Saturday, July 26, 2003

MOVIE REVIEW: The Pianist, 2002

The movie, The Pianist, is the true retelling of the escape of Wladyslaw Szpilman, a Polish Jew in Warsaw, from the complete cruelty of the Holocaust. It is a poignant telling of the story. The movie begins in 1939 with the creation of the Warsaw Ghetto, in the opening scenes of intermitant german bombing Szpilman's family is listening to a BBC radio broadcast announcing England's declaration of War on Germany...

"... Poland is no longer alone..."

The Director (Roman Polanski) manages to well portray that the Polish people were far from understanding how terrible the war would be, and just how alone they truly would be. As the Germans begin their campaign against the Polish Jewry Polanski outlines the terror - unleashed in a way that is so raw, so nonsensical, so absolute, that it is hard to make your self watch it. I am thinking of one scene, the horror... late at night, for no real apparent reason, German Soldiers run into the Ghetto, up three flights of stairs and enter a seemingly randomly selected unit of a large family having their dinner. They are all commanded to stand. At the head of the table, the grandfather sits in a wheel chair, unable to stand. He is commanded one more time, and as he struggles to pull himself to his feet, two german soldiers pick him up in his wheel chair, throw him out the window, and leave.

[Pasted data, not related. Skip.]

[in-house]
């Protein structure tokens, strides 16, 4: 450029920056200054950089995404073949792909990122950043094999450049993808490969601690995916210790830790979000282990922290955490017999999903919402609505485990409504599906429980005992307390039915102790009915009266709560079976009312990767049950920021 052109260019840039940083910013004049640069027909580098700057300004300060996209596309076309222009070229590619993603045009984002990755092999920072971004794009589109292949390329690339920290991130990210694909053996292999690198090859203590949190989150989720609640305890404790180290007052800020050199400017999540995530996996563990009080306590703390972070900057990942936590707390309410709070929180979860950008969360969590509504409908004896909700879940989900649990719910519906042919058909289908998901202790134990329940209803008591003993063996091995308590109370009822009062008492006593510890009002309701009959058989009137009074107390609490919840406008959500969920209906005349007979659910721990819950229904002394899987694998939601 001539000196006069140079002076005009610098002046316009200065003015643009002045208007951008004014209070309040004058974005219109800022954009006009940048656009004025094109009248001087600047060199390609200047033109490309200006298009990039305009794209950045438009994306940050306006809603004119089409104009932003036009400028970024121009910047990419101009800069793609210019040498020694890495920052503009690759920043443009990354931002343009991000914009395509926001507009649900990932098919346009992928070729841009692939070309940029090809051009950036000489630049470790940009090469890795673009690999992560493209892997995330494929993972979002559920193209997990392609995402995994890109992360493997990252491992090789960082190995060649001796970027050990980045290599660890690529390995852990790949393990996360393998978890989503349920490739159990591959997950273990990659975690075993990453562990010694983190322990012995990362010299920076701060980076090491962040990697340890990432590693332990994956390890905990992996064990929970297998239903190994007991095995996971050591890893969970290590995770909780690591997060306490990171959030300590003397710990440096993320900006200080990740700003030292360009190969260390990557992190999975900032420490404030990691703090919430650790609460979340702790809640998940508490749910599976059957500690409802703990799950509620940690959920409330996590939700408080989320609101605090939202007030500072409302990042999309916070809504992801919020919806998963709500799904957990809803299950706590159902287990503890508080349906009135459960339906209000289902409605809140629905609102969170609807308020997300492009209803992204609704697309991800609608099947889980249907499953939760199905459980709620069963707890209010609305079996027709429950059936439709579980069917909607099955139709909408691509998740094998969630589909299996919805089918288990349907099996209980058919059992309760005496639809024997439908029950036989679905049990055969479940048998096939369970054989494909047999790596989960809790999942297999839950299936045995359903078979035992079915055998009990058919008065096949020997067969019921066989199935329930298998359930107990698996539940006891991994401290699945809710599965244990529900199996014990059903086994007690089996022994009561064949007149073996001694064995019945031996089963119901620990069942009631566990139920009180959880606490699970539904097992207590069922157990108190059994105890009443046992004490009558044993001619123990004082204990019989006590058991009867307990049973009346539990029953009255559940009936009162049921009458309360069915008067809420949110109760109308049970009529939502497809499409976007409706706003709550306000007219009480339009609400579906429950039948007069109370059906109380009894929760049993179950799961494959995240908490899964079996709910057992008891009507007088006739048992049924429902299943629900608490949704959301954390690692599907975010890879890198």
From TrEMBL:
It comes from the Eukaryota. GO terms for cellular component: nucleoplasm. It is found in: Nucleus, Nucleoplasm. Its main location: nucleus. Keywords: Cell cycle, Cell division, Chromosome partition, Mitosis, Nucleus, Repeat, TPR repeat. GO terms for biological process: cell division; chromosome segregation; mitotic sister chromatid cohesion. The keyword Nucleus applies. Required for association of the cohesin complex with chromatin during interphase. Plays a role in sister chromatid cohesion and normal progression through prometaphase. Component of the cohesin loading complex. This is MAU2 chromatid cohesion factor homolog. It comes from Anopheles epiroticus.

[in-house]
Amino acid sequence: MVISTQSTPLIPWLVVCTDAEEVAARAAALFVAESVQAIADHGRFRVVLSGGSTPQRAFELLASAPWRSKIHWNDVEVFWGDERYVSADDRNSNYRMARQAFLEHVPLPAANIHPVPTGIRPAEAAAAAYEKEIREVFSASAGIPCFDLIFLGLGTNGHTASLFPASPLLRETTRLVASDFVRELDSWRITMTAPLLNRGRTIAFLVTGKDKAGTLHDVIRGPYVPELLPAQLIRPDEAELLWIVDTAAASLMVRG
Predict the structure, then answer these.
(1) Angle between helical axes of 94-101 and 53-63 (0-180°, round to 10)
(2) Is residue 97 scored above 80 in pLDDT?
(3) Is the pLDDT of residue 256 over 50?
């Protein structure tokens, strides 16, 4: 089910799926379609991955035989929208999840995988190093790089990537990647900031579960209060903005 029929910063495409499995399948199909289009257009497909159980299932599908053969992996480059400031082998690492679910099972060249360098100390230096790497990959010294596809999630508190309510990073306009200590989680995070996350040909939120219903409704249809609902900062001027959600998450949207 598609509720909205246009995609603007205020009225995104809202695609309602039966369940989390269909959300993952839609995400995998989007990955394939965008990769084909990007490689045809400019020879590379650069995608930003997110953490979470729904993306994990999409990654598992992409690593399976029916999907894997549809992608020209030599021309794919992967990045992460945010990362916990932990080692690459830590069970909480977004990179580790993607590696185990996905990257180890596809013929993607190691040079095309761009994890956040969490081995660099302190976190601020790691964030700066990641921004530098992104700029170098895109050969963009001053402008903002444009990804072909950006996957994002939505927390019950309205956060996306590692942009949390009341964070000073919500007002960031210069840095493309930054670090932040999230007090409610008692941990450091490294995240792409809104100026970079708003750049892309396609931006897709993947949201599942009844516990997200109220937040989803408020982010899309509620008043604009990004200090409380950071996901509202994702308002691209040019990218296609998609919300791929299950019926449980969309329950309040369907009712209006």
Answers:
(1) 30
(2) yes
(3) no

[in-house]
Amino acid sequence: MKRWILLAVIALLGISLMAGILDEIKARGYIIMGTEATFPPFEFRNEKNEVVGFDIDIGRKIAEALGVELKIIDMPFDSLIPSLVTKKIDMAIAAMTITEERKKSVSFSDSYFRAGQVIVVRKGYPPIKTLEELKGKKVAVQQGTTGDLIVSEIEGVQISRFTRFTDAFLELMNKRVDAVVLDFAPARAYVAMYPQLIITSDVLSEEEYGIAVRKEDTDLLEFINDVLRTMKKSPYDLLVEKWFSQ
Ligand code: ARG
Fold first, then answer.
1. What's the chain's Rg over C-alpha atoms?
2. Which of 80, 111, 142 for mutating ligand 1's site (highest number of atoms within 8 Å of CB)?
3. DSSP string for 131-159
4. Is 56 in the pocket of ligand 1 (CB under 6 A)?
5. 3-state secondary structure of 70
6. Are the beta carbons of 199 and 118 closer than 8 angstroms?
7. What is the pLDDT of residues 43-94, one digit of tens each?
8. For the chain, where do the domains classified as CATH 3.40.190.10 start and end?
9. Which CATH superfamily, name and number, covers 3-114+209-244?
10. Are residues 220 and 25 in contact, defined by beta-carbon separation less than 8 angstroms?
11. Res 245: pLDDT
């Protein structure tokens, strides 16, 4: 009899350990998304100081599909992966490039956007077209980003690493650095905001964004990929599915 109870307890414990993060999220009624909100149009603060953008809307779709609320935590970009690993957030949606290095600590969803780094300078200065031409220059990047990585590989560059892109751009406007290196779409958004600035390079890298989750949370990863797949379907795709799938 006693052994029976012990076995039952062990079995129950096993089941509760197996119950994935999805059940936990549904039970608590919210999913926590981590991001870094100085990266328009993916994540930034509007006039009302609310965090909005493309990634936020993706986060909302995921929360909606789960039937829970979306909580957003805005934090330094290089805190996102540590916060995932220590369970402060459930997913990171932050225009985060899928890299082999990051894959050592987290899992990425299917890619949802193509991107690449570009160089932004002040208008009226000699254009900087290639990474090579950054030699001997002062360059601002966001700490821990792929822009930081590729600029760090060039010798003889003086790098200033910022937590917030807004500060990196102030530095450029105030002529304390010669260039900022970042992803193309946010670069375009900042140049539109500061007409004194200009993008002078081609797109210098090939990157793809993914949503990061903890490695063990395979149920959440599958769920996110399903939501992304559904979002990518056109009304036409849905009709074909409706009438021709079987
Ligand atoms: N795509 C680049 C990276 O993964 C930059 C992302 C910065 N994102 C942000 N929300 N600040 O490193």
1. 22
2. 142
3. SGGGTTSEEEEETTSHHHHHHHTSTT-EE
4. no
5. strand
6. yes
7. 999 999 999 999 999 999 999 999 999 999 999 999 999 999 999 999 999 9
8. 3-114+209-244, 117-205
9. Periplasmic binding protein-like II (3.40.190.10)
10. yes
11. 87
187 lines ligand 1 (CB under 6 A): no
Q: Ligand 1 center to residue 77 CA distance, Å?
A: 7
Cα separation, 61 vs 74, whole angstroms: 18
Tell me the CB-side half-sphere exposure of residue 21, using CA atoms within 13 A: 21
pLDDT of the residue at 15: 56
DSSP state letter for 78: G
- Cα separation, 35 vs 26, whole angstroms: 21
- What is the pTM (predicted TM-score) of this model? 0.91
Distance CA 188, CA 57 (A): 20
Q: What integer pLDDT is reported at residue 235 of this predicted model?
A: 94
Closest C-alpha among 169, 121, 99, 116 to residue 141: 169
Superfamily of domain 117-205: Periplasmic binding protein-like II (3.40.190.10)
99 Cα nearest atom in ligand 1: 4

But truly Polanski's greatest achievements come near the end of the movie, when the story becomes the story of humanity, of survival and of healing. Polanski brillantly uses the absence of sound during this time, no background soundtrack, no surpluvious sounds for the entire time that Szpilman is alone in hiding. It is uncomfortable for the audience, who may mistake it for boredom intially, but realize that there is no sound beyond what Szpilman hears. And he is alone for a long time.

Eventually Szpilman is discovered by a High Ranking German Officer who, instead of killing him asks him to play the Piano. The reintroduction of sound here is sharp and purposely dramatic. As the notes rise and fall with crescendo the music tells the story - a vast array of emotions all of a sudden expressed across a barren landscape of despair. The two people are caught forever in this moment together.

It was as if the World needed to hear music again.

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